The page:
Encouraged by high international prices, global milk production is estimated to increase by 2.6 percent in 2006, similar to that of last year. This means that global per caput production of milk products will continue to increase in the range of 1.4-1.5 percent, which is high relative to most other agricultural commodity sectors. Most of the production increase is accounted for by several countries of Asia and Latin America and in the United States (see Appendix Table A17). By economic group, milk production in developing countries is expected to increase 4.5 percent in 2006, compared with 1.1 percent in developed countries. Even at a low base, milk production is growing slowly in LDCs, and this is projected to continue in 2006.
Asia is the largest dairy consuming region. It is also the largest importing region with over one half of global imports of dairy products (milk equivalent basis). Imports are continuing to grow as demand, driven largely by rapid income growth and urbanization, is exceeding supply. At the same time, the Asian region is also expected to become the world’s largest production region in 2006, illustrating that supply growth, at over 5 percent per year, is also dynamic. Of course the situation varies significantly across the region.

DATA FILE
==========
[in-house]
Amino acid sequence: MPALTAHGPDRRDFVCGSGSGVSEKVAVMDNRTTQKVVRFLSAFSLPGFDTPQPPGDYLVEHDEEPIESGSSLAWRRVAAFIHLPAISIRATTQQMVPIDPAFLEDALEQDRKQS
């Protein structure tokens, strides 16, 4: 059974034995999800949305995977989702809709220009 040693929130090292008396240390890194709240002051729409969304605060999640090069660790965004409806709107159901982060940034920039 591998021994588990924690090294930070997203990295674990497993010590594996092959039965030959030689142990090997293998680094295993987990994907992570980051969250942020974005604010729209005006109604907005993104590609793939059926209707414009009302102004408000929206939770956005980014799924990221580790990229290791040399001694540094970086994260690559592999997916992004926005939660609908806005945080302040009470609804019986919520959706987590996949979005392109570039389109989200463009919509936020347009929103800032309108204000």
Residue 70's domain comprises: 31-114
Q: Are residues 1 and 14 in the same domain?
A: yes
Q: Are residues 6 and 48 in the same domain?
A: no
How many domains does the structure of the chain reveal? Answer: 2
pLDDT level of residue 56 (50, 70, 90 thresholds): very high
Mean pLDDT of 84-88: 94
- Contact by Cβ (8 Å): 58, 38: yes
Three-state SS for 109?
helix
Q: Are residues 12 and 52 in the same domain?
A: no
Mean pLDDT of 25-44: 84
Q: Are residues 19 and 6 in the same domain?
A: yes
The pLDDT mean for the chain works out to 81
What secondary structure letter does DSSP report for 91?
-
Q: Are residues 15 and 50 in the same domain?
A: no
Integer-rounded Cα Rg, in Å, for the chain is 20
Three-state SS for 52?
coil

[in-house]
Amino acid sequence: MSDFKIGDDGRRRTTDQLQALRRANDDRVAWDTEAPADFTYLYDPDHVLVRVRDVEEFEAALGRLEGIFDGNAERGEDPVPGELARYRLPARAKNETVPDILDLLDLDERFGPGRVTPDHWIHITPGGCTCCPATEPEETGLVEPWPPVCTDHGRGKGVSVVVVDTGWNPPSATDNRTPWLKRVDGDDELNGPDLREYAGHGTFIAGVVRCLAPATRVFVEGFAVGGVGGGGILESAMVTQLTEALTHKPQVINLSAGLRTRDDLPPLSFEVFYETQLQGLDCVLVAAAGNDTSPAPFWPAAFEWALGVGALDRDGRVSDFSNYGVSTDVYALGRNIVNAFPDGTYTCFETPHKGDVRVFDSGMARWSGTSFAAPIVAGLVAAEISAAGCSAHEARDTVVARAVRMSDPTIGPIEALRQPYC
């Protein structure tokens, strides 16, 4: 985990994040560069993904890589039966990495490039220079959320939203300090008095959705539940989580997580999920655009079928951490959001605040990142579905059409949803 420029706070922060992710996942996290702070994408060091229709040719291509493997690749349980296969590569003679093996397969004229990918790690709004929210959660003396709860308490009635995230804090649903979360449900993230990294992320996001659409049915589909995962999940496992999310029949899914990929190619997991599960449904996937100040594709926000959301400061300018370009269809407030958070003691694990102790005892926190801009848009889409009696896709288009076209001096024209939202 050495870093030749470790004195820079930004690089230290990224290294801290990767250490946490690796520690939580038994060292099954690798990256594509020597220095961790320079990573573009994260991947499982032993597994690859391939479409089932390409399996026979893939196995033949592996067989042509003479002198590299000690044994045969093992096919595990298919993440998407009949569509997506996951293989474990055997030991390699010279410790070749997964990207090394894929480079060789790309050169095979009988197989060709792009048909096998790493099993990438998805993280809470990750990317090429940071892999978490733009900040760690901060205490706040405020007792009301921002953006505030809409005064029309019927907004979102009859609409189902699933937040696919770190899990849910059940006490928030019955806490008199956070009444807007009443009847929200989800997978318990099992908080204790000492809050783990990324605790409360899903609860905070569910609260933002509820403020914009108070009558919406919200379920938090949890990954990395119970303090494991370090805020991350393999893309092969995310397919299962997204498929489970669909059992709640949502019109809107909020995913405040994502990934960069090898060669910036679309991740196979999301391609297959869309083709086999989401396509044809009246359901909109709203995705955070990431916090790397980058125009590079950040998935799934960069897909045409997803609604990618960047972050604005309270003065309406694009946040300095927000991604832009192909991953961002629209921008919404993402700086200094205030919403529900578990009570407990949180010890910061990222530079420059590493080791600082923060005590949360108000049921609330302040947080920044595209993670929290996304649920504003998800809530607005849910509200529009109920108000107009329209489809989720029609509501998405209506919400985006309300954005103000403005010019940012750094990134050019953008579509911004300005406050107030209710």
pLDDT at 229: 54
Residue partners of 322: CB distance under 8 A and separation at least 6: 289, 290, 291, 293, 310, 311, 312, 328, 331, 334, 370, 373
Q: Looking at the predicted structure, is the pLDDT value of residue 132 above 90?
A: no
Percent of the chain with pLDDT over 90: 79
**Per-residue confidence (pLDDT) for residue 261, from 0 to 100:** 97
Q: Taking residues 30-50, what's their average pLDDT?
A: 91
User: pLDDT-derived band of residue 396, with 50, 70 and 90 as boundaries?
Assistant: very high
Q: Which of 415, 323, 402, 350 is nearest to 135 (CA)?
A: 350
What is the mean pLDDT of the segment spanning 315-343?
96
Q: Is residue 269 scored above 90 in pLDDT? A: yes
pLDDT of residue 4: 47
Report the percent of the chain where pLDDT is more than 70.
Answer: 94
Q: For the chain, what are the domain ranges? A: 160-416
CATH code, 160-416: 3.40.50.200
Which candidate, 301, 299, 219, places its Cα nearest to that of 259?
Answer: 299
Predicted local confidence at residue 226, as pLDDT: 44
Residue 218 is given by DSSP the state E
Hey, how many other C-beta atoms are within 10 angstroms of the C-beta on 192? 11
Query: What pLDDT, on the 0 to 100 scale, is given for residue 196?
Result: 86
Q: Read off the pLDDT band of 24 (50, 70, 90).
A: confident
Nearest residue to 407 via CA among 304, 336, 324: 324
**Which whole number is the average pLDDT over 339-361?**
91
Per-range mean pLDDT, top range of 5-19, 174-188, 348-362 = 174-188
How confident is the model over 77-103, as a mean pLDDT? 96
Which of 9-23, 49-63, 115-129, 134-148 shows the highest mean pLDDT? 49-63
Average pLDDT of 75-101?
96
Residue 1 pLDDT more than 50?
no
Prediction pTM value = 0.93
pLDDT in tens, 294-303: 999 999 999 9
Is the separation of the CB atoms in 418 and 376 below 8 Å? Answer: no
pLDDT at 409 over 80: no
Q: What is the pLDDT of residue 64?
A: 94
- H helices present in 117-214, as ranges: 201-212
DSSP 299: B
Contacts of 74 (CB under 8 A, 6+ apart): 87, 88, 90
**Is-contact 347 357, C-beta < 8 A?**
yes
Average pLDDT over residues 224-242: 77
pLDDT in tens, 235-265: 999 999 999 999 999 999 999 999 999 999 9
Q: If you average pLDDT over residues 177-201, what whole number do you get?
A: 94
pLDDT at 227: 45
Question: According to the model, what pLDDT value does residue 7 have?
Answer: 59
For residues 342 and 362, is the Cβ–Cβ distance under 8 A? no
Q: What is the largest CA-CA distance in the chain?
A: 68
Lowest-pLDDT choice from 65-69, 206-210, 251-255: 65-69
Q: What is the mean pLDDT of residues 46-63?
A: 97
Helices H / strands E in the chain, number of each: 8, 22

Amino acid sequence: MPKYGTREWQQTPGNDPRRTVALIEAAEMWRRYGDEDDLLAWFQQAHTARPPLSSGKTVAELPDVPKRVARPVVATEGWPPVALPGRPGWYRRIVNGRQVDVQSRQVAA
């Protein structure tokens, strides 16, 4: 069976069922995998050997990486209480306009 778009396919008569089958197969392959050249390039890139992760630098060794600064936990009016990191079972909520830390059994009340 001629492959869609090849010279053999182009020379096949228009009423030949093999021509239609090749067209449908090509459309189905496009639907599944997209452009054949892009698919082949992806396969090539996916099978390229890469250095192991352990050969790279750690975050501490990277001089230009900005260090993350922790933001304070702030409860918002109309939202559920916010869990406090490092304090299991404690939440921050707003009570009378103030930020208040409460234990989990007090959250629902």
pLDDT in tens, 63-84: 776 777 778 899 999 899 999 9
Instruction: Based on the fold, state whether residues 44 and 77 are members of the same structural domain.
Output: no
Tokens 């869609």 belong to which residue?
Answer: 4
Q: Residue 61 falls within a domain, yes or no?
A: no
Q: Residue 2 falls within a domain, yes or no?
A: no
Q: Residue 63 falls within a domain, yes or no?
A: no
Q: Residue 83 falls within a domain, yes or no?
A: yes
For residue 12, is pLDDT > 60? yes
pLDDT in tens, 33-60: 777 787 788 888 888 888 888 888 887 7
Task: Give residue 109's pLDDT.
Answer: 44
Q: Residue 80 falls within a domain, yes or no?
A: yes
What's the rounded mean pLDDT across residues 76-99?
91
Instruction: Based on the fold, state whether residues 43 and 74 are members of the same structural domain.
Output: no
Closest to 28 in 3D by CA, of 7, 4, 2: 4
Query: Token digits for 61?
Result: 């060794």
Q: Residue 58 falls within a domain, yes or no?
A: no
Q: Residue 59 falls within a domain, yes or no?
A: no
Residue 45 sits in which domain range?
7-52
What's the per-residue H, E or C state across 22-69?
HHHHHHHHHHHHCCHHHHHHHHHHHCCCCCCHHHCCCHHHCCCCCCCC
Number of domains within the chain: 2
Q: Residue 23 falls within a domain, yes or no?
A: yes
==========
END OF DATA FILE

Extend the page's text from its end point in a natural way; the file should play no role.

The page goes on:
As the largest single dairy producing country, India's output continues to grow strongly in the 3-4 percent range, largely in response to internal demand growth and sustained by increasing productivity. India accounts for over half the total milk output of Asia. Given recent high international prices, it has started to enter certain export markets, particularly for skimmed milk powder. China, which has almost doubled its milk output since 2001, remains the country in which milk production is growing the fastest and is expected in 2006 to account for a full one third of the increase in world milk production. However, the annual growth rate of 18 percent projected for 2006 is less than in previous years, as the base of production has increased and higher production costs linked to both feed and water supplies may be starting to constrain continued high growth. In Pakistan, the world's fifth largest milk producing country, government initiatives are being undertaken to modernize milk collection and to improve milk and milk product storage capacity. The dairy sector is key to both rural economies and food security. Output continues to increase by about 3 percent each year, in line with increases in demand, but without significant trade developments. In the Islamic republic of Iran, where government measures are encouraging higher milk production, output is again expected to increase in 2006, in the range of 4 percent. In contrast, milk production in Turkey has been stagnant for several years because of low domestic milk prices and stagnant demand for dairy products. Production is expected to continue to decline in Japan, and as demand for dairy products also appears to be shrinking, import levels are expected to be down with current high import prices.